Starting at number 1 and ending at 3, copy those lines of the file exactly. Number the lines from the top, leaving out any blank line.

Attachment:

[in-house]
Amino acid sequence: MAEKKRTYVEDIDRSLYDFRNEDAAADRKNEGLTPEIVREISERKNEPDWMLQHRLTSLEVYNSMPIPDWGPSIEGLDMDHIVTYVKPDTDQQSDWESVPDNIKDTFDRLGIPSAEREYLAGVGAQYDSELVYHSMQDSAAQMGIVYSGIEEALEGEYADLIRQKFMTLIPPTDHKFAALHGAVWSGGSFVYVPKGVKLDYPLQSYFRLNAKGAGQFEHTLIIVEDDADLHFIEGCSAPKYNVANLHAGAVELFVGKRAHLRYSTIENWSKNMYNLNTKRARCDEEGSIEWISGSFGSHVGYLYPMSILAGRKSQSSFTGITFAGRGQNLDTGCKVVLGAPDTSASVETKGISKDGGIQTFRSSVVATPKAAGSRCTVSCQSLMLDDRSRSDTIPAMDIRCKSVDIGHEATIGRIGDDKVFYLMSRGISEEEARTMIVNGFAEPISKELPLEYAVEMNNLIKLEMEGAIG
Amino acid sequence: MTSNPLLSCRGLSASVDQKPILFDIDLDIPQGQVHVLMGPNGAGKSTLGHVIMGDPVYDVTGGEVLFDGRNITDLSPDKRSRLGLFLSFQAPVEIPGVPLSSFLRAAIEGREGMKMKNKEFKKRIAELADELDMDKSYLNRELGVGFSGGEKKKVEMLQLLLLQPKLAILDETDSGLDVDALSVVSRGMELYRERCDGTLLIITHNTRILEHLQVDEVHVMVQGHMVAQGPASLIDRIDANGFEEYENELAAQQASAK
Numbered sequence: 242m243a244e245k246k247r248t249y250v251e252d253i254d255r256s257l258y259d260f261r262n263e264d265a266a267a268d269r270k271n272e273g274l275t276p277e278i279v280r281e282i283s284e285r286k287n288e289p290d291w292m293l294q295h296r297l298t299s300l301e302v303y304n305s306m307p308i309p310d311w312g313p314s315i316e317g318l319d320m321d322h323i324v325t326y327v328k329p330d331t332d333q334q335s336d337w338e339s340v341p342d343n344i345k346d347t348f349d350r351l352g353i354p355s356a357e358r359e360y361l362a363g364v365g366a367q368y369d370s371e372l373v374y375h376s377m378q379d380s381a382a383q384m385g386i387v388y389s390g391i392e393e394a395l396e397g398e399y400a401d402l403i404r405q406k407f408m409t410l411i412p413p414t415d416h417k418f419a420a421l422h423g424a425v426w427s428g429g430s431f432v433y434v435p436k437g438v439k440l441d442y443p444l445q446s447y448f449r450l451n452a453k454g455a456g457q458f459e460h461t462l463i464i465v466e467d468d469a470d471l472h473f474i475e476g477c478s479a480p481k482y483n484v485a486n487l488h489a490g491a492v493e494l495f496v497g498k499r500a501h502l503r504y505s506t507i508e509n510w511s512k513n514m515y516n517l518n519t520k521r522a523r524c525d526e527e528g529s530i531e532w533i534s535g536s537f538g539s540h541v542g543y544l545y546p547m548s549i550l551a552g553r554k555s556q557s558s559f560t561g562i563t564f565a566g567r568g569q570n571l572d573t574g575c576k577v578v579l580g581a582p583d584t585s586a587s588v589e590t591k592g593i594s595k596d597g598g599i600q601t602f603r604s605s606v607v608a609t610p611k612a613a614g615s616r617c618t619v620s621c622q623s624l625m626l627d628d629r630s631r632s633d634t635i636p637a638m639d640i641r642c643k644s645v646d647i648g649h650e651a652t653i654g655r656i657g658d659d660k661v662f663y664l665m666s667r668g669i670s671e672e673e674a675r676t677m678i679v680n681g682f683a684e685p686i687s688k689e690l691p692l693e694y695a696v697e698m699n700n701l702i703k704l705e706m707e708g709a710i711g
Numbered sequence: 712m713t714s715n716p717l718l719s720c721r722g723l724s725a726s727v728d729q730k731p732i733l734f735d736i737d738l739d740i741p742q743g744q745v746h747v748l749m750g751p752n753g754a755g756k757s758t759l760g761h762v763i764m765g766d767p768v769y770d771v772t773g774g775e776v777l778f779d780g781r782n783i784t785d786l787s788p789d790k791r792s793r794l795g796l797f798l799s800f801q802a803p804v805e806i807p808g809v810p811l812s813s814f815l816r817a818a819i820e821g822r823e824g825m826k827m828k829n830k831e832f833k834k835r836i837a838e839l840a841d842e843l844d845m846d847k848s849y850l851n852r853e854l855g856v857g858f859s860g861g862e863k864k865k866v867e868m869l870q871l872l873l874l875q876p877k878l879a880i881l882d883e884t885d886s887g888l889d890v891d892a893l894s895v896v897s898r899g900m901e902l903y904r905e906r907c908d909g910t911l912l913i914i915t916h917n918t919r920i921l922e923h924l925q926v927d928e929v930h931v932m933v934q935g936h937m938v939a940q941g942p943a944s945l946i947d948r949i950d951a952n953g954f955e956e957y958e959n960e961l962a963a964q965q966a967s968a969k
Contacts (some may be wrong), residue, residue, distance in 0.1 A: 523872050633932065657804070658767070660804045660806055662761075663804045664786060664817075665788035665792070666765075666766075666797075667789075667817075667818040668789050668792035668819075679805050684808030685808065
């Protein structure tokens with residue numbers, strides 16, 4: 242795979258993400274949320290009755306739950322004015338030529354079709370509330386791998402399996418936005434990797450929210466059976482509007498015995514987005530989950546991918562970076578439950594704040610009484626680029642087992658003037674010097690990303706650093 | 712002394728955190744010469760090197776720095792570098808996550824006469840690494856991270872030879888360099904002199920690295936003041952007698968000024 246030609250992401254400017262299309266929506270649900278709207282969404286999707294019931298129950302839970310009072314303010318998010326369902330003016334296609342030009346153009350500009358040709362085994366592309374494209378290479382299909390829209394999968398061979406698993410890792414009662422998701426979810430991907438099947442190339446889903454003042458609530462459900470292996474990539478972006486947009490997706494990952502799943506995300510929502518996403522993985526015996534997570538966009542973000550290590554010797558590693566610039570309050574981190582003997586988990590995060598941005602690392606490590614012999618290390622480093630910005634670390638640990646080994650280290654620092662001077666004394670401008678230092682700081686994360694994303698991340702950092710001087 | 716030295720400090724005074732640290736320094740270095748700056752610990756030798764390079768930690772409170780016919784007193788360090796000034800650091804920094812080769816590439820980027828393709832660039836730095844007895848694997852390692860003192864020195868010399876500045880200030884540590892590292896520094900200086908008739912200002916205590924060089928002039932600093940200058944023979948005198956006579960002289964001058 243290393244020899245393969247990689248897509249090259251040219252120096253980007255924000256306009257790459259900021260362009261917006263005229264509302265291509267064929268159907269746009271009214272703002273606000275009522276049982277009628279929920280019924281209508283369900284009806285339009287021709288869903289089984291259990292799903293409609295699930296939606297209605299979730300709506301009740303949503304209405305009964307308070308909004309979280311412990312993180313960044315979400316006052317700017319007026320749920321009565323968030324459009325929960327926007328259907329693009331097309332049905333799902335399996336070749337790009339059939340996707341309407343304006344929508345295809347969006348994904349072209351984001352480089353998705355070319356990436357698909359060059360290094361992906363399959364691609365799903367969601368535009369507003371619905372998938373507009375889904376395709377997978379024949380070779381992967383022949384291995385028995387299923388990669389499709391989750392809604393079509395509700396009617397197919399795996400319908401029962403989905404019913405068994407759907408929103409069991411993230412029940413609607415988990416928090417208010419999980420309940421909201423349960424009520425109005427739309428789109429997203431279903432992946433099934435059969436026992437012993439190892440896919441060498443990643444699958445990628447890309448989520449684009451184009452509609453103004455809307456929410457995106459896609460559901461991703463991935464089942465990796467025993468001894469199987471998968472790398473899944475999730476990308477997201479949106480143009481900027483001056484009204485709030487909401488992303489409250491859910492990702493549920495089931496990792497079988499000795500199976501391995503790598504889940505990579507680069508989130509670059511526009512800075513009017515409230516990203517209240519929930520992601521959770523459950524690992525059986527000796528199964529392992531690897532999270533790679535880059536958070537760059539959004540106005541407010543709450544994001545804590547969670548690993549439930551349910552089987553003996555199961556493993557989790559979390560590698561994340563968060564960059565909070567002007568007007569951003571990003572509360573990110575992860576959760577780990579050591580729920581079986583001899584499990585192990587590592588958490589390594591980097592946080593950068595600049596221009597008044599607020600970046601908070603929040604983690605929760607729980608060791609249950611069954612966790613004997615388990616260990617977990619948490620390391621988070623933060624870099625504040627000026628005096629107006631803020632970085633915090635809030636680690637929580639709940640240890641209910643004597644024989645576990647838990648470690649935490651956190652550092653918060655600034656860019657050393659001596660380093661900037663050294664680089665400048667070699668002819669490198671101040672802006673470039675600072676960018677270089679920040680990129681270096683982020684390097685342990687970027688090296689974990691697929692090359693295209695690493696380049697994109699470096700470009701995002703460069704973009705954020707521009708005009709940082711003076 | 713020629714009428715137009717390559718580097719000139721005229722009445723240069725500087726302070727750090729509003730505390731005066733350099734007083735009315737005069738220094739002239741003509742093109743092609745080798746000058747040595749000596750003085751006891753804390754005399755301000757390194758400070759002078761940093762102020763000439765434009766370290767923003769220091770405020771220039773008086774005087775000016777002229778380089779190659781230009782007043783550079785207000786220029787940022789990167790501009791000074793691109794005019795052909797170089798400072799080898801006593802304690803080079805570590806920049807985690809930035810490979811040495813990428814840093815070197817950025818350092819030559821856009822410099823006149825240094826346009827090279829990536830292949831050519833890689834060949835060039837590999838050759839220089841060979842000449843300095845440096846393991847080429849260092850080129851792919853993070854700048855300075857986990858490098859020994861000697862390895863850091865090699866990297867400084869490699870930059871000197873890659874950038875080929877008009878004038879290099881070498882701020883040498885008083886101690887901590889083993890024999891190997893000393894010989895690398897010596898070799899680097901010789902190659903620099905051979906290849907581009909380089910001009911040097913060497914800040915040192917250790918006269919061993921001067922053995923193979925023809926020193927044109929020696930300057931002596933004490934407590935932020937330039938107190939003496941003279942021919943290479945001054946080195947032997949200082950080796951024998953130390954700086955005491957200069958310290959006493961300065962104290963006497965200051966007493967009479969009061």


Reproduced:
[in-house]
Amino acid sequence: MAEKKRTYVEDIDRSLYDFRNEDAAADRKNEGLTPEIVREISERKNEPDWMLQHRLTSLEVYNSMPIPDWGPSIEGLDMDHIVTYVKPDTDQQSDWESVPDNIKDTFDRLGIPSAEREYLAGVGAQYDSELVYHSMQDSAAQMGIVYSGIEEALEGEYADLIRQKFMTLIPPTDHKFAALHGAVWSGGSFVYVPKGVKLDYPLQSYFRLNAKGAGQFEHTLIIVEDDADLHFIEGCSAPKYNVANLHAGAVELFVGKRAHLRYSTIENWSKNMYNLNTKRARCDEEGSIEWISGSFGSHVGYLYPMSILAGRKSQSSFTGITFAGRGQNLDTGCKVVLGAPDTSASVETKGISKDGGIQTFRSSVVATPKAAGSRCTVSCQSLMLDDRSRSDTIPAMDIRCKSVDIGHEATIGRIGDDKVFYLMSRGISEEEARTMIVNGFAEPISKELPLEYAVEMNNLIKLEMEGAIG
Amino acid sequence: MTSNPLLSCRGLSASVDQKPILFDIDLDIPQGQVHVLMGPNGAGKSTLGHVIMGDPVYDVTGGEVLFDGRNITDLSPDKRSRLGLFLSFQAPVEIPGVPLSSFLRAAIEGREGMKMKNKEFKKRIAELADELDMDKSYLNRELGVGFSGGEKKKVEMLQLLLLQPKLAILDETDSGLDVDALSVVSRGMELYRERCDGTLLIITHNTRILEHLQVDEVHVMVQGHMVAQGPASLIDRIDANGFEEYENELAAQQASAK